‘Sex with condoms just as satisfying’

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new condoms lb REUTERS (File photo) A worker watches condoms on a production line.

London - Men and women enjoy sex just as much with condoms as they do without, according to a study.

Researchers reviewing an online questionnaire of the sex habits of men and women aged 18 to 59 found participants consistently rated safe sex as “highly arousing and pleasurable” – the same score as unprotected sex.

Dr Debby Herbenick of Indiana University, who led the study said: “This may be because men are more likely than women to purchase condoms and use them. However, it’s important for women to become familiar with the condoms so that they can make choices that enhance the safety and pleasure of their sexual experiences.”

The study found that men did not find it difficult to maintain erections when putting on condoms. It also found that many women could not tell if the condom was lubricated or not.

Herbenick said the study would help spread health messages in the fight against sexually transmitted infections, HIV and unintended pregnancies.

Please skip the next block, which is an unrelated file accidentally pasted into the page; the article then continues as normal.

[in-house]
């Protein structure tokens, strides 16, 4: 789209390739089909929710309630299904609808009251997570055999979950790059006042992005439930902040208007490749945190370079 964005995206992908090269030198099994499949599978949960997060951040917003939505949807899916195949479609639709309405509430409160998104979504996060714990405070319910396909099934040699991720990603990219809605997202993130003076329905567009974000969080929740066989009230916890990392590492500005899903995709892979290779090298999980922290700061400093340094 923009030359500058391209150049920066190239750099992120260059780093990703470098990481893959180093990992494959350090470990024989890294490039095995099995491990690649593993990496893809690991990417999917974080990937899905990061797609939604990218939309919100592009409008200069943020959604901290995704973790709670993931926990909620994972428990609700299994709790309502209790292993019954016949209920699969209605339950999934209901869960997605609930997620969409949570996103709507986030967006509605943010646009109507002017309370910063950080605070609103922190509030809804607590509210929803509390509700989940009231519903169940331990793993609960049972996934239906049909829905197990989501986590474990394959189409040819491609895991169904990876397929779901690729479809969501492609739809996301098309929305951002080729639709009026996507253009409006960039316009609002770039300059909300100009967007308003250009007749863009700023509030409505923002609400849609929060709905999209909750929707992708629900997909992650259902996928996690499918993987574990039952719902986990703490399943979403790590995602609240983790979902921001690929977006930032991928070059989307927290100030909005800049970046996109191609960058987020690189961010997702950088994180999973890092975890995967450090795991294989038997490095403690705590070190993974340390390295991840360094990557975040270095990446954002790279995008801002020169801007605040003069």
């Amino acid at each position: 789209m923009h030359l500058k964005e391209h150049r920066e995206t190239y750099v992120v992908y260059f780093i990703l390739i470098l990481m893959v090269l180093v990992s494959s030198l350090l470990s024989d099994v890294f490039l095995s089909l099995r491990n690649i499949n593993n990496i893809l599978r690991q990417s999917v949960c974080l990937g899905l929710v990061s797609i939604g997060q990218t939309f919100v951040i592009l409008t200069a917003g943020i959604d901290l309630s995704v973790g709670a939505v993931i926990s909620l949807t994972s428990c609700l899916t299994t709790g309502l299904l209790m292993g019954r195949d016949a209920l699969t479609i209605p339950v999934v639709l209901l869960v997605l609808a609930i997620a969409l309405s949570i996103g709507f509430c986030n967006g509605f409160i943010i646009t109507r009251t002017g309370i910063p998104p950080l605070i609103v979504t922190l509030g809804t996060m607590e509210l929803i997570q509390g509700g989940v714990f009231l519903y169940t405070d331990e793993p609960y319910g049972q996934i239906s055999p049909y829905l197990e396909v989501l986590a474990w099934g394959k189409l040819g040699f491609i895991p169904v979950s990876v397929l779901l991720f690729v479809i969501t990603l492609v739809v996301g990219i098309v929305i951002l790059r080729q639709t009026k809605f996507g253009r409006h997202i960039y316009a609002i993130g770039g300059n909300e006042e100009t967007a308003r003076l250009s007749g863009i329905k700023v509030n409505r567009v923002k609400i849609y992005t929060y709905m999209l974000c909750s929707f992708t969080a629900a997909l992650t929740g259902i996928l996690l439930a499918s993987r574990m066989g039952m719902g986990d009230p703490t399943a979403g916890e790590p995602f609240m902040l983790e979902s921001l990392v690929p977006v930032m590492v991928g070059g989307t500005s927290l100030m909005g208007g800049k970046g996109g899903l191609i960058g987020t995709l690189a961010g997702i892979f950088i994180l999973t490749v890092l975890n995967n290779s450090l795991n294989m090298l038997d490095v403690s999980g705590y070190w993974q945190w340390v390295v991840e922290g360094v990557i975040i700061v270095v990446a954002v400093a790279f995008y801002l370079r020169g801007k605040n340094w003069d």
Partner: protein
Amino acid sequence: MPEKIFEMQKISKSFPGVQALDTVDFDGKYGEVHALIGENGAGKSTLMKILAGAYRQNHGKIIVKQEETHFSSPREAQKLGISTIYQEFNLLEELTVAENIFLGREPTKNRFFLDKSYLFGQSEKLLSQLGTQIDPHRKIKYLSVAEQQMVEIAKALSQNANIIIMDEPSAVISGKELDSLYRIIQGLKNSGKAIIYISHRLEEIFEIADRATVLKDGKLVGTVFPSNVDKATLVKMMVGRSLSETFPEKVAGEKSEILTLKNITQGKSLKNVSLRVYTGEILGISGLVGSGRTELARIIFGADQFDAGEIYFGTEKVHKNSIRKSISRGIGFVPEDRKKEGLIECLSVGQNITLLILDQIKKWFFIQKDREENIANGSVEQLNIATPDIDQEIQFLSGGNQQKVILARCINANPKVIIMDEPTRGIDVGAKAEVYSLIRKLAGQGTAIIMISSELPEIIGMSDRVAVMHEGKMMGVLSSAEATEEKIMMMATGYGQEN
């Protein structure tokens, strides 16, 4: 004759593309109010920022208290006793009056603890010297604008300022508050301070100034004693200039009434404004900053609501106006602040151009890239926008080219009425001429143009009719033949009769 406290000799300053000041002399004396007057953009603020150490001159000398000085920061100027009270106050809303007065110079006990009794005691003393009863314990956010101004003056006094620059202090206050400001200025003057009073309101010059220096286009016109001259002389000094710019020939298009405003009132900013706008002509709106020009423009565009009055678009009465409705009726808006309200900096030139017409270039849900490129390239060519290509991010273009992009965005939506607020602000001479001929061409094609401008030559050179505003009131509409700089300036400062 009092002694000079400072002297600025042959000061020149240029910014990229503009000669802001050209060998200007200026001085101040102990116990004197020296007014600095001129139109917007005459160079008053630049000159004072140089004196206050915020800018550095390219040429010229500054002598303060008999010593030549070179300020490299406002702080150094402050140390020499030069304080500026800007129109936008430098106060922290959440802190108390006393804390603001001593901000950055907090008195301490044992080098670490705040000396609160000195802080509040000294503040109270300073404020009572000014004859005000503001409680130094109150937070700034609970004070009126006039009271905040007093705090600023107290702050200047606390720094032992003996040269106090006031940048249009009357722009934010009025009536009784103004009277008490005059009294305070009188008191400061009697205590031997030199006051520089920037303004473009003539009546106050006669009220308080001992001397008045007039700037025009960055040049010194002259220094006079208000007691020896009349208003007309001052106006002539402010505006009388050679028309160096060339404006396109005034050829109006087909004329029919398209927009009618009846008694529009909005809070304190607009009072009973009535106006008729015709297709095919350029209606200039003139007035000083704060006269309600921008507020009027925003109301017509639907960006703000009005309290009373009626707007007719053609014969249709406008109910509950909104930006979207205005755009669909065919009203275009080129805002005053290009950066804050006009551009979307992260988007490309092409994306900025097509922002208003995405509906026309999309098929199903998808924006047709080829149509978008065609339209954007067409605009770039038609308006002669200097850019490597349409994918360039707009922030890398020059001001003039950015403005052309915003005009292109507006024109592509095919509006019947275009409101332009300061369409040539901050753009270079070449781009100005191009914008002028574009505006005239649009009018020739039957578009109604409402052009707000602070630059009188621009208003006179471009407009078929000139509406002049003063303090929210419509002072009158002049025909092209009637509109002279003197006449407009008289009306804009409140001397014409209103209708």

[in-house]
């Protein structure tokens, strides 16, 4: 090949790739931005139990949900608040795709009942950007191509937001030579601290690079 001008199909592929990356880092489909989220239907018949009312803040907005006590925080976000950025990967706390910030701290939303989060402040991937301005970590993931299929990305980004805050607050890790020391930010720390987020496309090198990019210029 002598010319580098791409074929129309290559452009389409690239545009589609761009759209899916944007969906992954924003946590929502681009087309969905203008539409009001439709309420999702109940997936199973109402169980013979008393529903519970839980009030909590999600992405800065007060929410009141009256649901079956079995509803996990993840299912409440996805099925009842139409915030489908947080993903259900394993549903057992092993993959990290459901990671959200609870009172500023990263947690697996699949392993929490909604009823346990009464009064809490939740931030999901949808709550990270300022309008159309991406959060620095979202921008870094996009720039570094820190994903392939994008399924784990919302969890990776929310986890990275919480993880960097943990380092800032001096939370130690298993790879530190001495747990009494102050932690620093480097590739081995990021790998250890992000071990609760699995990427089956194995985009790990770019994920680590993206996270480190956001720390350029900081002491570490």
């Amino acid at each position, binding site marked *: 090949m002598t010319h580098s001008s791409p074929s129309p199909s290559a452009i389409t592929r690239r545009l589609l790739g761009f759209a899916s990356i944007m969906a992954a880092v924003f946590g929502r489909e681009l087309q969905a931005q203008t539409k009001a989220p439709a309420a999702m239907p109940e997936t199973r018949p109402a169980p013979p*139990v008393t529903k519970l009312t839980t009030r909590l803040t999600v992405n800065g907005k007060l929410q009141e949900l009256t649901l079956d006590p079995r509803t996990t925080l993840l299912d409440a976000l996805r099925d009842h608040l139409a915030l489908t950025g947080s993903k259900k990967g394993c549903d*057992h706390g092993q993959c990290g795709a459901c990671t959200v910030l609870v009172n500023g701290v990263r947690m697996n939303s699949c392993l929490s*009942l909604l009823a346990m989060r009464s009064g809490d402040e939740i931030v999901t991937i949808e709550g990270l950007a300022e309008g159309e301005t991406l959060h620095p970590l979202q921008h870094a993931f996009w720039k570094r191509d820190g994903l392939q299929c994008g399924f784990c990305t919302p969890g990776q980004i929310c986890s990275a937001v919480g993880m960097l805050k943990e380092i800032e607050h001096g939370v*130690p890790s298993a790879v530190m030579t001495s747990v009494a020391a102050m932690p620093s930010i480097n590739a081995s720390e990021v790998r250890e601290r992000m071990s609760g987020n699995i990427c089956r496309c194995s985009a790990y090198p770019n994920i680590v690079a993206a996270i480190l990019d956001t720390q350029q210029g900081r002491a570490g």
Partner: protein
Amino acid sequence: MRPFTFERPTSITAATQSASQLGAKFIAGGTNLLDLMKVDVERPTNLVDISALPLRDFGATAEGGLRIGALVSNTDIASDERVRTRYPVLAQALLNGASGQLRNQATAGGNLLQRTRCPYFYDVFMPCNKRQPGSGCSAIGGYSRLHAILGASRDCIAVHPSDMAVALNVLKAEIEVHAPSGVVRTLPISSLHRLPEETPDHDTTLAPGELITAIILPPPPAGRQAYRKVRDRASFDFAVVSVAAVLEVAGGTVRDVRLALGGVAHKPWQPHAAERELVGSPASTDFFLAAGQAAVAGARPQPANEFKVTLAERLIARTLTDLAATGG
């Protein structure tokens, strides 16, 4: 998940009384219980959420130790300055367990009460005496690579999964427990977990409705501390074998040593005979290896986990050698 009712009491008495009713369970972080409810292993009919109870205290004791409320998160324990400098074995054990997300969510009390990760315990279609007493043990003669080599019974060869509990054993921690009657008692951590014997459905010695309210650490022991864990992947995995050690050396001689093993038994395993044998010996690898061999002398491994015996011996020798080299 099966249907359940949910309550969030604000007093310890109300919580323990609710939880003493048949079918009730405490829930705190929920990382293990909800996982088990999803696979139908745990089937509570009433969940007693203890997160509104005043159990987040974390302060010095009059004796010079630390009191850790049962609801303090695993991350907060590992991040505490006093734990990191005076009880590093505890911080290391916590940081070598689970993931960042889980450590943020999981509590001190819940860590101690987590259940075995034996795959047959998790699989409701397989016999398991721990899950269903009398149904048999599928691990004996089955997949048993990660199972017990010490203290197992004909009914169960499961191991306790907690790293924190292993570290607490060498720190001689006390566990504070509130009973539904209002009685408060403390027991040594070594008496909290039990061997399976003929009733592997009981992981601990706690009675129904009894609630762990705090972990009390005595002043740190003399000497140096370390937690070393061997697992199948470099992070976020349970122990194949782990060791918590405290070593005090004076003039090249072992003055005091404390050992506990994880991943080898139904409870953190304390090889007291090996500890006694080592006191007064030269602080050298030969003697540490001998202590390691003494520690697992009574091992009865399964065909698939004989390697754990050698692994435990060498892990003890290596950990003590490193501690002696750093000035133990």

“We continue to grapple with high rates of sexually transmitted infections, HIV and unintended pregnancies.

“We need to understand how people make choices about the products they use and how these products contribute to the safety and pleasurable aspects of their sexual experiences.”

Sexually transmitted infections are passed on during sex without a condom.

The US Centers for Disease Control and Prevention estimate there are 19 million new infections in the US every year.

Chlamydia is one of the most common types, with 1.3 million cases reported in the US and 152 828 new cases reported among 16 to 24-year-olds in the UK in 2010. If left untreated it can lead to long-term health problems. Other infections include HIV, genital warts, syphilis, gonorrhoea and pubic lice.

Irwin Goldstein, editor of The Journal of Sexual Medicine, said the study continued the work of pioneering sexologist Alfred Kinsey, who founded the Institute for Sex Research at Indiana University in 1947.

He said: “Gathering sexual data regarding condom use is highly relevant.

“Understanding current condom use offers health care providers an opportunity to educate those people uncomfortable with condoms but for whom lack of use may lead to significant sexually transmitted infection health risk.” -- Daily Mail


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